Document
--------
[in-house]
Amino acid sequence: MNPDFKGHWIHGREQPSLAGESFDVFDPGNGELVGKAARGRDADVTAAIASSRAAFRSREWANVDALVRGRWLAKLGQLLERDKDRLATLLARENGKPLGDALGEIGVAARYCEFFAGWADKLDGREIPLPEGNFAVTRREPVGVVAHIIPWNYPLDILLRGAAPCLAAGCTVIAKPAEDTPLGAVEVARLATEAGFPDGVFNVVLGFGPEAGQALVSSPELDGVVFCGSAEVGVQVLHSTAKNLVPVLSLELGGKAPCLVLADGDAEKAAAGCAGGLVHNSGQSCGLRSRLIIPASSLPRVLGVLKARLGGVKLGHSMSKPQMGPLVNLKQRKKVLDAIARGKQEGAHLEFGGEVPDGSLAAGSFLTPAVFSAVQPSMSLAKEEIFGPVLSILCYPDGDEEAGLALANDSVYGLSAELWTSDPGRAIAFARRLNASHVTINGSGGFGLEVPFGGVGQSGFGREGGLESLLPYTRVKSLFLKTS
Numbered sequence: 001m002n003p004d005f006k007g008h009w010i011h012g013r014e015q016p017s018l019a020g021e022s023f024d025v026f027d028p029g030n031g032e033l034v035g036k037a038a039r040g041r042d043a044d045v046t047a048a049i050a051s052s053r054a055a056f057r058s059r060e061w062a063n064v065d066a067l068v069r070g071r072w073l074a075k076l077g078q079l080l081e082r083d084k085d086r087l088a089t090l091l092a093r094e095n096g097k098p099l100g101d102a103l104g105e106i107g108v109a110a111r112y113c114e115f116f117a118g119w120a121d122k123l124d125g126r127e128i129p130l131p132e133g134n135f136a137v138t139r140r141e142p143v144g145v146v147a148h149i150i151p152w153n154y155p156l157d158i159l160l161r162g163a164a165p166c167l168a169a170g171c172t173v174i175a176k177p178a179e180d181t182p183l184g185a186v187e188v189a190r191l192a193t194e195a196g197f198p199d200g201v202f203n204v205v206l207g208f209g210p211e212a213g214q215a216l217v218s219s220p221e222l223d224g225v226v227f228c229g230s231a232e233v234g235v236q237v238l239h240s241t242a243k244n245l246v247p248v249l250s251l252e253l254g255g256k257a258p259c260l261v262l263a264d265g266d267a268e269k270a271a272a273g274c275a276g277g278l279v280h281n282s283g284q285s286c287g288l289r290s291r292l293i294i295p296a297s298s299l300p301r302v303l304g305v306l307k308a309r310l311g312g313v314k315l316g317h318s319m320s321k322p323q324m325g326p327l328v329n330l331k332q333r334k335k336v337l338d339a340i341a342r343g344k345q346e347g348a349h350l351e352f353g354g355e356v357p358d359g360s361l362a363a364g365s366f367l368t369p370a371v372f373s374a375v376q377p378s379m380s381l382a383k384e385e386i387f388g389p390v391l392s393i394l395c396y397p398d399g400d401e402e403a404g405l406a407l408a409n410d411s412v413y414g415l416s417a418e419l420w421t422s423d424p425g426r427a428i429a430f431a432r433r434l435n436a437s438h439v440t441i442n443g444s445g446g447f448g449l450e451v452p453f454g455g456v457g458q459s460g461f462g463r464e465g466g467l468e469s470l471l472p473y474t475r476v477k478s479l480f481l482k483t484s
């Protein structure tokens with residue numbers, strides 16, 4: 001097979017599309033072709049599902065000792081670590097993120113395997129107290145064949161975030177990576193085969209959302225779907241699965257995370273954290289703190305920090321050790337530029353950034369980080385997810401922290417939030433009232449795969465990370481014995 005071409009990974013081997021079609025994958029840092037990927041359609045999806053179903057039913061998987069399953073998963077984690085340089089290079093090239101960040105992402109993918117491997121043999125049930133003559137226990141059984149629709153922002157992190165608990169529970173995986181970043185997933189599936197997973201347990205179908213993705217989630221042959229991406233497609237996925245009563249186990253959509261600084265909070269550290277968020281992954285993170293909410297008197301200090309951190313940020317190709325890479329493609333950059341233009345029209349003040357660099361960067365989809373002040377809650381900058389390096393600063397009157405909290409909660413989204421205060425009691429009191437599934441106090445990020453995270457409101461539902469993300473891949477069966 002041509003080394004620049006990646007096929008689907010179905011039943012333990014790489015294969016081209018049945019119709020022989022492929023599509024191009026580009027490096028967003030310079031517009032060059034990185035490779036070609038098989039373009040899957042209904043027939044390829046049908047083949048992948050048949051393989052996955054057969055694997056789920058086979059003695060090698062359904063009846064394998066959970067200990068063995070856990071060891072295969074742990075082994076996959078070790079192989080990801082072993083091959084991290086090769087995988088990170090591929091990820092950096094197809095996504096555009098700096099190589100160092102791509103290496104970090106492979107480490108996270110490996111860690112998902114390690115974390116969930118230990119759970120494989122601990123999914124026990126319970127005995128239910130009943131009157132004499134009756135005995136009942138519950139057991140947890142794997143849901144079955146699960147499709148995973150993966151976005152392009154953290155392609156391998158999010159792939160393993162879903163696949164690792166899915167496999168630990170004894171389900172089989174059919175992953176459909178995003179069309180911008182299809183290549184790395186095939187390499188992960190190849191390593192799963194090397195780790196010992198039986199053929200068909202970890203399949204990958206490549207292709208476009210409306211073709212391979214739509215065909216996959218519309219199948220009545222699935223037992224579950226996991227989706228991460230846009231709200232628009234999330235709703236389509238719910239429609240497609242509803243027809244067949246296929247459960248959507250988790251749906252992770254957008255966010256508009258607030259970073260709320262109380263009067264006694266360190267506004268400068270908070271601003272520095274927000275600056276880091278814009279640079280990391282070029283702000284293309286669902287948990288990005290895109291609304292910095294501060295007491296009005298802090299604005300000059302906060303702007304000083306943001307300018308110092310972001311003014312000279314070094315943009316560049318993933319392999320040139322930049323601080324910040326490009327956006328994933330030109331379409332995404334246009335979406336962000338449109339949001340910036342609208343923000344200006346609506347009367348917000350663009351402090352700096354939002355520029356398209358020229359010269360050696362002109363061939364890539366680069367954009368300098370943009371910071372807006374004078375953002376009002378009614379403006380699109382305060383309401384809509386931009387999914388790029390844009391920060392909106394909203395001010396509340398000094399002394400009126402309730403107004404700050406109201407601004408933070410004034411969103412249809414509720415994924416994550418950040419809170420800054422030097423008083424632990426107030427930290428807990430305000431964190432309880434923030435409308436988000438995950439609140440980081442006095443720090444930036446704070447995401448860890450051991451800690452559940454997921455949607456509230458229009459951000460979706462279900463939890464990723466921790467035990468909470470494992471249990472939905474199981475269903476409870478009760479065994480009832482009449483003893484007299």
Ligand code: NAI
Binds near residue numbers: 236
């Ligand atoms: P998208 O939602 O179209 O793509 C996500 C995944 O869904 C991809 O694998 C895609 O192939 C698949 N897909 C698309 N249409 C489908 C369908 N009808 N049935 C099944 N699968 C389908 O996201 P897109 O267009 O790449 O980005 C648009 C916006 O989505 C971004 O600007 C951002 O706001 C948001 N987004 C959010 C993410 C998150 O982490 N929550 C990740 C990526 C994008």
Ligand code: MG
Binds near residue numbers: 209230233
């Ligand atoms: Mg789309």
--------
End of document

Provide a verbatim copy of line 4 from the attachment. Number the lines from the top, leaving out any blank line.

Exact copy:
């Protein structure tokens with residue numbers, strides 16, 4: 001097979017599309033072709049599902065000792081670590097993120113395997129107290145064949161975030177990576193085969209959302225779907241699965257995370273954290289703190305920090321050790337530029353950034369980080385997810401922290417939030433009232449795969465990370481014995 005071409009990974013081997021079609025994958029840092037990927041359609045999806053179903057039913061998987069399953073998963077984690085340089089290079093090239101960040105992402109993918117491997121043999125049930133003559137226990141059984149629709153922002157992190165608990169529970173995986181970043185997933189599936197997973201347990205179908213993705217989630221042959229991406233497609237996925245009563249186990253959509261600084265909070269550290277968020281992954285993170293909410297008197301200090309951190313940020317190709325890479329493609333950059341233009345029209349003040357660099361960067365989809373002040377809650381900058389390096393600063397009157405909290409909660413989204421205060425009691429009191437599934441106090445990020453995270457409101461539902469993300473891949477069966 002041509003080394004620049006990646007096929008689907010179905011039943012333990014790489015294969016081209018049945019119709020022989022492929023599509024191009026580009027490096028967003030310079031517009032060059034990185035490779036070609038098989039373009040899957042209904043027939044390829046049908047083949048992948050048949051393989052996955054057969055694997056789920058086979059003695060090698062359904063009846064394998066959970067200990068063995070856990071060891072295969074742990075082994076996959078070790079192989080990801082072993083091959084991290086090769087995988088990170090591929091990820092950096094197809095996504096555009098700096099190589100160092102791509103290496104970090106492979107480490108996270110490996111860690112998902114390690115974390116969930118230990119759970120494989122601990123999914124026990126319970127005995128239910130009943131009157132004499134009756135005995136009942138519950139057991140947890142794997143849901144079955146699960147499709148995973150993966151976005152392009154953290155392609156391998158999010159792939160393993162879903163696949164690792166899915167496999168630990170004894171389900172089989174059919175992953176459909178995003179069309180911008182299809183290549184790395186095939187390499188992960190190849191390593192799963194090397195780790196010992198039986199053929200068909202970890203399949204990958206490549207292709208476009210409306211073709212391979214739509215065909216996959218519309219199948220009545222699935223037992224579950226996991227989706228991460230846009231709200232628009234999330235709703236389509238719910239429609240497609242509803243027809244067949246296929247459960248959507250988790251749906252992770254957008255966010256508009258607030259970073260709320262109380263009067264006694266360190267506004268400068270908070271601003272520095274927000275600056276880091278814009279640079280990391282070029283702000284293309286669902287948990288990005290895109291609304292910095294501060295007491296009005298802090299604005300000059302906060303702007304000083306943001307300018308110092310972001311003014312000279314070094315943009316560049318993933319392999320040139322930049323601080324910040326490009327956006328994933330030109331379409332995404334246009335979406336962000338449109339949001340910036342609208343923000344200006346609506347009367348917000350663009351402090352700096354939002355520029356398209358020229359010269360050696362002109363061939364890539366680069367954009368300098370943009371910071372807006374004078375953002376009002378009614379403006380699109382305060383309401384809509386931009387999914388790029390844009391920060392909106394909203395001010396509340398000094399002394400009126402309730403107004404700050406109201407601004408933070410004034411969103412249809414509720415994924416994550418950040419809170420800054422030097423008083424632990426107030427930290428807990430305000431964190432309880434923030435409308436988000438995950439609140440980081442006095443720090444930036446704070447995401448860890450051991451800690452559940454997921455949607456509230458229009459951000460979706462279900463939890464990723466921790467035990468909470470494992471249990472939905474199981475269903476409870478009760479065994480009832482009449483003893484007299």